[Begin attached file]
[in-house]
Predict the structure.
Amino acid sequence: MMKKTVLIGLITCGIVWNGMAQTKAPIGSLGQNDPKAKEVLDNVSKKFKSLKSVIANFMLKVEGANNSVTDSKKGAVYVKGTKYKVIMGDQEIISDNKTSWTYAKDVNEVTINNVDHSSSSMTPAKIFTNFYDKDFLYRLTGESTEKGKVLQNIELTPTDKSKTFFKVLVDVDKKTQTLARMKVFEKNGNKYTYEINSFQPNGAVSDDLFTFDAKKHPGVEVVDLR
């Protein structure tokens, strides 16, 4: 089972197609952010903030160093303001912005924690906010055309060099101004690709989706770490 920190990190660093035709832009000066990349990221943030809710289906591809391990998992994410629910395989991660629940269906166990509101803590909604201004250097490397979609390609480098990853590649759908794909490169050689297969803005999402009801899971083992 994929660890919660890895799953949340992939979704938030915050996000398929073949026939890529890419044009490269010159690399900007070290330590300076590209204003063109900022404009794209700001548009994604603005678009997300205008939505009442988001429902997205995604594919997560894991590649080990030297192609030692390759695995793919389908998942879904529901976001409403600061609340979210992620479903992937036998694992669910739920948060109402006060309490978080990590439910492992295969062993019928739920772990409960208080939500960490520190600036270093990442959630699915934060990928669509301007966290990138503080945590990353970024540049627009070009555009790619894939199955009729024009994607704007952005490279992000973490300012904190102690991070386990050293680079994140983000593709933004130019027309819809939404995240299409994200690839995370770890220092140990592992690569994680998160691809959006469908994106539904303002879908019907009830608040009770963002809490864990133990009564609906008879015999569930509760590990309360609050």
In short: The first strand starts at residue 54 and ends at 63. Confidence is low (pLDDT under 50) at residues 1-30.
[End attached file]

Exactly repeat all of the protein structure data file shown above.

[in-house]
Predict the structure.
Amino acid sequence: MMKKTVLIGLITCGIVWNGMAQTKAPIGSLGQNDPKAKEVLDNVSKKFKSLKSVIANFMLKVEGANNSVTDSKKGAVYVKGTKYKVIMGDQEIISDNKTSWTYAKDVNEVTINNVDHSSSSMTPAKIFTNFYDKDFLYRLTGESTEKGKVLQNIELTPTDKSKTFFKVLVDVDKKTQTLARMKVFEKNGNKYTYEINSFQPNGAVSDDLFTFDAKKHPGVEVVDLR
């Protein structure tokens, strides 16, 4: 089972197609952010903030160093303001912005924690906010055309060099101004690709989706770490 920190990190660093035709832009000066990349990221943030809710289906591809391990998992994410629910395989991660629940269906166990509101803590909604201004250097490397979609390609480098990853590649759908794909490169050689297969803005999402009801899971083992 994929660890919660890895799953949340992939979704938030915050996000398929073949026939890529890419044009490269010159690399900007070290330590300076590209204003063109900022404009794209700001548009994604603005678009997300205008939505009442988001429902997205995604594919997560894991590649080990030297192609030692390759695995793919389908998942879904529901976001409403600061609340979210992620479903992937036998694992669910739920948060109402006060309490978080990590439910492992295969062993019928739920772990409960208080939500960490520190600036270093990442959630699915934060990928669509301007966290990138503080945590990353970024540049627009070009555009790619894939199955009729024009994607704007952005490279992000973490300012904190102690991070386990050293680079994140983000593709933004130019027309819809939404995240299409994200690839995370770890220092140990592992690569994680998160691809959006469908994106539904303002879908019907009830608040009770963002809490864990133990009564609906008879015999569930509760590990309360609050």
In short: The first strand starts at residue 54 and ends at 63. Confidence is low (pLDDT under 50) at residues 1-30.